3. Daily Yoga Practice
Adding 15-20 minutes of simple asanas (yoga postures) to your daily routine strengthens the flow of prana in the body, moves stagnation, and boosts the lymphatic system, the immune system, the digestive system, the nervous system and the movement of energy through the chakras (energy centres).
4. Fresh Air
Exposure to the sun, fresh air and moonlight all enhance the prana (vital force) in our bodies. Early morning walks are especially beneficial, due to the high amount of prana in the atmosphere at this time.
During long winter months, you can refresh the air quality by occasionally opening the windows in your home, and by decorating with air-filtering plants.
If you work in an office where the air is stagnant, taking short walks outdoors will help boost mood, energy and brain power.
5. Clear Congestion From the Body
To ensure the proper flow of prana through the body, you will want to address any chronic congestion in the body, specifically in the nasal passages and in the colon.
Congested nasal passages have a direct influence on how your mind works (since the nose is a direct pathway to the brain). It can be addressed by adopting a kapha-reducing diet, applying medicated oil (nasya oil) and/or cleansing the nasal passages with a neti pot.
Chronic constipation (e.g. less than 1 bowel movement per day) can be treated with steady changes to diet and lifestyle. Be sure to drink plenty of warm water throughout the day, and take 1-2 teaspoons of triphala powder in warm water before bed. For more acute cases, you can take 1-2 teaspoons of castor oil or ground flax seeds in warm water before bed.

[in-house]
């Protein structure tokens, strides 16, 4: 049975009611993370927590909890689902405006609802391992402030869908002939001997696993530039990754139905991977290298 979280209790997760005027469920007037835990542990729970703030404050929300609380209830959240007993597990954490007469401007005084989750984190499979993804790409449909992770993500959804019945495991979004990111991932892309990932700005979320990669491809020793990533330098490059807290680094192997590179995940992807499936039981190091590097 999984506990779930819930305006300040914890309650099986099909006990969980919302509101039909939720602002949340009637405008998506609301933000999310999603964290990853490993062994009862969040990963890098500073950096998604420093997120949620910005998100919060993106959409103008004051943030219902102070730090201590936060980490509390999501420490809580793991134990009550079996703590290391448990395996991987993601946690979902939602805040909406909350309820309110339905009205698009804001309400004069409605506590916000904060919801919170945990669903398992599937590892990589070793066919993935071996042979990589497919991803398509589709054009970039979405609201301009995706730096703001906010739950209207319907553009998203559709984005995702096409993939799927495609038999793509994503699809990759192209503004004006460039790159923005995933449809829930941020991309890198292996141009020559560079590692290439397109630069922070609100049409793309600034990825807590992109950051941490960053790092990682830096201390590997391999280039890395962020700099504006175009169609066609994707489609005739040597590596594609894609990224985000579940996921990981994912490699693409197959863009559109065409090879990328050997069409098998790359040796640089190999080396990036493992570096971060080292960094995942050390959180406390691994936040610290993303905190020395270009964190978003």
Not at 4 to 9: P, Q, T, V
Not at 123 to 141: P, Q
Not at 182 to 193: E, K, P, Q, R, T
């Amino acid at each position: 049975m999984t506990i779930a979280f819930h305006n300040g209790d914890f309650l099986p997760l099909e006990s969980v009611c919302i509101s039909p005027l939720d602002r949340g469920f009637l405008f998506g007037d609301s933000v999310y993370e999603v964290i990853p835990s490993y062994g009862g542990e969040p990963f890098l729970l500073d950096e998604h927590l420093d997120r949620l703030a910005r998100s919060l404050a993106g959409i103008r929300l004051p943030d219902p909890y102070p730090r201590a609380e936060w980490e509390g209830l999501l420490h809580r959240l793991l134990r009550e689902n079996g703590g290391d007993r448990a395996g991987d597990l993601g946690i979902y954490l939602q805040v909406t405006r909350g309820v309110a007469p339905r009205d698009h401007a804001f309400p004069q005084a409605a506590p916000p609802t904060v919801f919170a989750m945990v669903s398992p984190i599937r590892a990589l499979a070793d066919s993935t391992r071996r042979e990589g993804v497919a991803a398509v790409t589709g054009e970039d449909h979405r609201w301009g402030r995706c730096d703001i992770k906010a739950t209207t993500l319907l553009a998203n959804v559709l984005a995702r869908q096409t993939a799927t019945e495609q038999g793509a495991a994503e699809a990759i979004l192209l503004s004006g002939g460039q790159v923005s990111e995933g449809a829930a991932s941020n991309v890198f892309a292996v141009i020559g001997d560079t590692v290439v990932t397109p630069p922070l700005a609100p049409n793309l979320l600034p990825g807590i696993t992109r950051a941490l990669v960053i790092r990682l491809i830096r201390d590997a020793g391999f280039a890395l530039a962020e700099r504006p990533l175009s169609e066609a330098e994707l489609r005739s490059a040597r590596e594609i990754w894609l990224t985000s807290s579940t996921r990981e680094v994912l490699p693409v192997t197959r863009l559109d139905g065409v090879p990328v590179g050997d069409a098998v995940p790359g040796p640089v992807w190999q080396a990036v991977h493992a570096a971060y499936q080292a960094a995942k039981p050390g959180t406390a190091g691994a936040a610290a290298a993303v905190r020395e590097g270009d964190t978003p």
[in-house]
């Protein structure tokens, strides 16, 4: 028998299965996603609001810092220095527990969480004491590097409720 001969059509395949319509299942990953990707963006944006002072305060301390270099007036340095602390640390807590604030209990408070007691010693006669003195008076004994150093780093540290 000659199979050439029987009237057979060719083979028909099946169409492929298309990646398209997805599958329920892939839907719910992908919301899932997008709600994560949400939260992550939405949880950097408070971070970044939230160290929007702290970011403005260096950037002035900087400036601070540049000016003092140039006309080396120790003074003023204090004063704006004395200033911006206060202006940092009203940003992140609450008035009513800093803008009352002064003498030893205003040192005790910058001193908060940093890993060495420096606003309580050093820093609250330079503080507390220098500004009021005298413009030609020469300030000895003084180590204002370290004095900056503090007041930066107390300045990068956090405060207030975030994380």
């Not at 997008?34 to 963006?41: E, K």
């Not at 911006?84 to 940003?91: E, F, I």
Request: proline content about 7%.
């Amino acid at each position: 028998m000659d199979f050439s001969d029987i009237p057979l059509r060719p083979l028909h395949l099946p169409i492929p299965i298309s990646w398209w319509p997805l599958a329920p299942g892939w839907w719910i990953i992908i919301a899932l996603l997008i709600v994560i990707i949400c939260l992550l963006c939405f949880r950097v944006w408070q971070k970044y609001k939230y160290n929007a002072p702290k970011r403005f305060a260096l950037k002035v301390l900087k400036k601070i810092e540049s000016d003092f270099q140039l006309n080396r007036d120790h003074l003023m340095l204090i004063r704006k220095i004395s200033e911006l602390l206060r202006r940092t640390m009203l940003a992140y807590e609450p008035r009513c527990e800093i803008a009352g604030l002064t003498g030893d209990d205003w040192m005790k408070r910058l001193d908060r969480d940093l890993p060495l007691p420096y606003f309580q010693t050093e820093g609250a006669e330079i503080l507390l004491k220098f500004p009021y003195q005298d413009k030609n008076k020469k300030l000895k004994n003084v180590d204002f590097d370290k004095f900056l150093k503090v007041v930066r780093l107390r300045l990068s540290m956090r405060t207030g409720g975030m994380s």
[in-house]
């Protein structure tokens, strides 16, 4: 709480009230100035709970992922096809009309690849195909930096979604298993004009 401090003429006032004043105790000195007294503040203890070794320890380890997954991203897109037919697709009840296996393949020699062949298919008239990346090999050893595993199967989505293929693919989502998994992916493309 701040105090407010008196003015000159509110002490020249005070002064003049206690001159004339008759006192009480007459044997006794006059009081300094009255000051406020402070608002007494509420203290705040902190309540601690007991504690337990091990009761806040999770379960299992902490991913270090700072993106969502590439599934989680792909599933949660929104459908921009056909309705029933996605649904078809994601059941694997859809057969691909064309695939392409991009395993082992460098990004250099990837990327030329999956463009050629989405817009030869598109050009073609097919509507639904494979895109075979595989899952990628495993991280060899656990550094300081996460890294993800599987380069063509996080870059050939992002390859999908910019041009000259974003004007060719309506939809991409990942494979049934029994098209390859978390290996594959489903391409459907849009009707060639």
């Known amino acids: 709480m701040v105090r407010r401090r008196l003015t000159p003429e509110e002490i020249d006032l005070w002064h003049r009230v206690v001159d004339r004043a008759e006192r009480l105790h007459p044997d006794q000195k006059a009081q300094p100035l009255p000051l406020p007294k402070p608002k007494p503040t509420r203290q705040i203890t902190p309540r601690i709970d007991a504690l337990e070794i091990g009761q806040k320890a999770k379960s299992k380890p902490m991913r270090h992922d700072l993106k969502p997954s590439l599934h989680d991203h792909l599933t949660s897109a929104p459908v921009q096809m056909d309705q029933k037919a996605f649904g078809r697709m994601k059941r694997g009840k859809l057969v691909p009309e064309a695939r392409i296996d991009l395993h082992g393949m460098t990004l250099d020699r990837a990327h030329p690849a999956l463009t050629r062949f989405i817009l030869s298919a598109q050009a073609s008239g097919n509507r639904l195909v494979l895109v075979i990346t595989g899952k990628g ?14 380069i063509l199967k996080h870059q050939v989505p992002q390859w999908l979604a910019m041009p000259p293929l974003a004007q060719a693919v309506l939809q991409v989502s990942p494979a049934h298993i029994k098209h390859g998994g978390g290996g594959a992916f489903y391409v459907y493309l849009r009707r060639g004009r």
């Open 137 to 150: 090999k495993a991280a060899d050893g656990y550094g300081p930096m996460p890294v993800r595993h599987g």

To assist with any type of chronic congestion, a seasonal detoxification program (panchakarma) can also be of great assistance.
6. Self-Care, Right Impressions & Environment
Contact with nature, beauty, supportive relationships and sensory therapies all enhance the harmonious flow of prana in your body-mind. This may include writing, playing music, singing, dancing, art, self-oleation, hot baths, nature walks, pleasing natural aromas and cleaning or decorating your home.
As much as possible, decrease the amount of time you spend in stressful, overly stimulating environments, which disturb the natural flow of prana through your channels.
Regular meditation cultivates self-awareness based in neutrality, compassion and universality.
Meditation also serves to release subconscious memories, stresses and impressions, improving the flow of energy through the nadis (energy channels) in the body. This regular purification of the body-mind makes it easier to respond to life’s challenges with wisdom, tenacity and compassion (rather than stress, fear or anger).
Regular meditation also serves to strengthen your connection with your true inner knowing, making it easier to focus on your goals and to be at the right place at the right time.
Through breath, nature, movement, right environments and meditation, we support the movement of prana through the channels of the body, making it easier for you to participate in the world around you with integrity, awareness, ease and enthusiasm.
About The Author
Briya Freeman has been facilitating courses in meditation, stress-reduction and self-healing since 2011.
She primarily draws her inspiration from Berdhanya Swami Tierra, a female mystic and shaman, and an extensive background in traditional healing arts from various world traditions.
Briya is committed to promoting self-awareness as a vehicle for more artful and inspired living. She currently resides in the Gatineau Hills in Quebec, Canada.